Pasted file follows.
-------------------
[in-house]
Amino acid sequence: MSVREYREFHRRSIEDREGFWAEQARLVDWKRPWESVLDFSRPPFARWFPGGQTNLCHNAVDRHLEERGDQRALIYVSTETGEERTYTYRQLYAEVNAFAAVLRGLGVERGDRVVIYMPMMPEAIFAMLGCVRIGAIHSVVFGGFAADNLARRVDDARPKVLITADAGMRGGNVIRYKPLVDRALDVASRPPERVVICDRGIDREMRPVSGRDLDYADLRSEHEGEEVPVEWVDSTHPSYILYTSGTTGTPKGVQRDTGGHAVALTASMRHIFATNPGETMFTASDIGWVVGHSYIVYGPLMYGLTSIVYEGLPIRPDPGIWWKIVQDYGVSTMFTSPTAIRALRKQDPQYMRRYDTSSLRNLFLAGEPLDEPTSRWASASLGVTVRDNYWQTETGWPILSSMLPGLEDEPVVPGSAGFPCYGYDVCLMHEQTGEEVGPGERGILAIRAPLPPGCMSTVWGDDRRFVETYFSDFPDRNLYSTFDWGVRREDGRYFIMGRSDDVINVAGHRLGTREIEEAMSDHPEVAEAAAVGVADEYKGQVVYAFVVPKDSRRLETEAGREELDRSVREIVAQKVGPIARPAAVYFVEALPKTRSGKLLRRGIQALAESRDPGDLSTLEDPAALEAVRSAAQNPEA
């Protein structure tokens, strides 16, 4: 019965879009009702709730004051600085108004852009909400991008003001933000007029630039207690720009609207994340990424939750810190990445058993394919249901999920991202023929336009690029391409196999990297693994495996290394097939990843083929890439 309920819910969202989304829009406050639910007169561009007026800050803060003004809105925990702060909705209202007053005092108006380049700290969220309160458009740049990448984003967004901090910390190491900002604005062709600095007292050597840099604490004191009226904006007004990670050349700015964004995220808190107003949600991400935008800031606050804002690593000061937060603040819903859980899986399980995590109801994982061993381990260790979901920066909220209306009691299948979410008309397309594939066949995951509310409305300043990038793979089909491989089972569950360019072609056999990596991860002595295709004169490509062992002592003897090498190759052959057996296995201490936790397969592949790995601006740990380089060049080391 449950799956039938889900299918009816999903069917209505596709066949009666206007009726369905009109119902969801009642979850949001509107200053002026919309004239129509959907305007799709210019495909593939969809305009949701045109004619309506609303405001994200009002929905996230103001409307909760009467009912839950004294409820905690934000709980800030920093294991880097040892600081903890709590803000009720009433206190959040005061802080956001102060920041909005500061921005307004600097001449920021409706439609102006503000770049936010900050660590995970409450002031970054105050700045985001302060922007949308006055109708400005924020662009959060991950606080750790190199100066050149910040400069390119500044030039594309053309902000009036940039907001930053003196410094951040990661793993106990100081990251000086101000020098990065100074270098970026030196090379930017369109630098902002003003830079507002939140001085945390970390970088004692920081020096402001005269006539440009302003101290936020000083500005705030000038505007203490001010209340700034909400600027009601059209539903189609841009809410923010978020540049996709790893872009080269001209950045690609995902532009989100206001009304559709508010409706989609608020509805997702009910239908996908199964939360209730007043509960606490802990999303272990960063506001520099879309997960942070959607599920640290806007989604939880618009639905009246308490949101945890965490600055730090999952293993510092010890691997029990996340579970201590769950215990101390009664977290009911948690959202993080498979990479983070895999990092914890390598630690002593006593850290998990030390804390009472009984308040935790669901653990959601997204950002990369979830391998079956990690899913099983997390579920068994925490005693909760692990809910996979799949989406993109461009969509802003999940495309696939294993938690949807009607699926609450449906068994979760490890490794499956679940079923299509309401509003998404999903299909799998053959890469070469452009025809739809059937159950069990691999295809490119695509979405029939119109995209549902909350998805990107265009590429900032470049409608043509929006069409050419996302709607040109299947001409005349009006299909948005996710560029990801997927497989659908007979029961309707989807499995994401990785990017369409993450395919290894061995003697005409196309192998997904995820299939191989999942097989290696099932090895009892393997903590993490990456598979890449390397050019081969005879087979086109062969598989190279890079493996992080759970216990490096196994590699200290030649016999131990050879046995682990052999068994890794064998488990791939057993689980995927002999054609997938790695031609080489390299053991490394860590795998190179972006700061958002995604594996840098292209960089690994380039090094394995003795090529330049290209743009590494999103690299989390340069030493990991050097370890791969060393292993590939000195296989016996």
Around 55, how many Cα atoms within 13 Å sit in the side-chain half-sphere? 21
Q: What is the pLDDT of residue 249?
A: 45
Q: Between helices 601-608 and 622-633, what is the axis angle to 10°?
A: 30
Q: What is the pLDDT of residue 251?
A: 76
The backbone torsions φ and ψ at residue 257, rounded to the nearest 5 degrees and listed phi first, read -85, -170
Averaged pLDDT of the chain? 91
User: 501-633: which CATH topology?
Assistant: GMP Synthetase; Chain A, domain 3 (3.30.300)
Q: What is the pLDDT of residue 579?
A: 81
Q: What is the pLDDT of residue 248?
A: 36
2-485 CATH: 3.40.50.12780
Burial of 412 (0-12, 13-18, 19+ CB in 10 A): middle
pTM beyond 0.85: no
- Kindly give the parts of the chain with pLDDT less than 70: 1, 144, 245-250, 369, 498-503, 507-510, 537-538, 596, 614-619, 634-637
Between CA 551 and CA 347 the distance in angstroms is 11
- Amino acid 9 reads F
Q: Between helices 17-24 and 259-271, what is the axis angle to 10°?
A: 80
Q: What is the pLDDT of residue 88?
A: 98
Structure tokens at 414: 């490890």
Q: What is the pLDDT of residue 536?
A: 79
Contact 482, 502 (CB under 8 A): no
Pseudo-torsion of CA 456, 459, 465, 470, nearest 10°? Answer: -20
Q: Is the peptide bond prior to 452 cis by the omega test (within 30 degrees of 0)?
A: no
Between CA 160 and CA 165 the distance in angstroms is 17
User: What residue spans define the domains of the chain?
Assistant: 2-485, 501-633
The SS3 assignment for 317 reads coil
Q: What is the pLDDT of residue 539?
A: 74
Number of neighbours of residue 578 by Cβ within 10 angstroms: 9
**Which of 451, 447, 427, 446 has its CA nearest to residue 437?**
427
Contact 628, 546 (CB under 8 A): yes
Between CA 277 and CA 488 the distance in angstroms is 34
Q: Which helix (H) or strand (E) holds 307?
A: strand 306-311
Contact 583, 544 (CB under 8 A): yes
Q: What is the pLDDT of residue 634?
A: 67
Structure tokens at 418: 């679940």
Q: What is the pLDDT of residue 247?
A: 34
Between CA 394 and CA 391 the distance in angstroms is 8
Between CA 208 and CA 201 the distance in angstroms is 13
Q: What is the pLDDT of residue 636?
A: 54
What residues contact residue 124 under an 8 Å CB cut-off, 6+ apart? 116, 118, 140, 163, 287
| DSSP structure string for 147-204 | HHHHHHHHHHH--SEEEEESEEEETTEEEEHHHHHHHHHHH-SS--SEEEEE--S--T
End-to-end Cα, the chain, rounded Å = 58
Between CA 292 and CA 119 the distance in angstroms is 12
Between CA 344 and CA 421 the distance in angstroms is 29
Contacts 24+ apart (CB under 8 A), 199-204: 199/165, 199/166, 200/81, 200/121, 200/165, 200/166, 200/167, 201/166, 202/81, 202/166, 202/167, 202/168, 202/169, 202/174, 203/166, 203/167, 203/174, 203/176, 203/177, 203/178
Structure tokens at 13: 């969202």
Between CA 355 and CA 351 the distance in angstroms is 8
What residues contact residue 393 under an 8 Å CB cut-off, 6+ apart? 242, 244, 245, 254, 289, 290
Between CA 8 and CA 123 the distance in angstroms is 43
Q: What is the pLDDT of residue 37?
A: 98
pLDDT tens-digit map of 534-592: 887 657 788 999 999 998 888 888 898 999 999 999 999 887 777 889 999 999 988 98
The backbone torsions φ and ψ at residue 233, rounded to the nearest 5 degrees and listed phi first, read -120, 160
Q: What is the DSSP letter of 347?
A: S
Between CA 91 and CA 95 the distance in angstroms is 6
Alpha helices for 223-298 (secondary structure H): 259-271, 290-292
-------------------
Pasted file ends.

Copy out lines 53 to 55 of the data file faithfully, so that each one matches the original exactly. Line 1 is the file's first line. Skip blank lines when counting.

Q: What is the pLDDT of residue 247?
A: 34
Between CA 394 and CA 391 the distance in angstroms is 8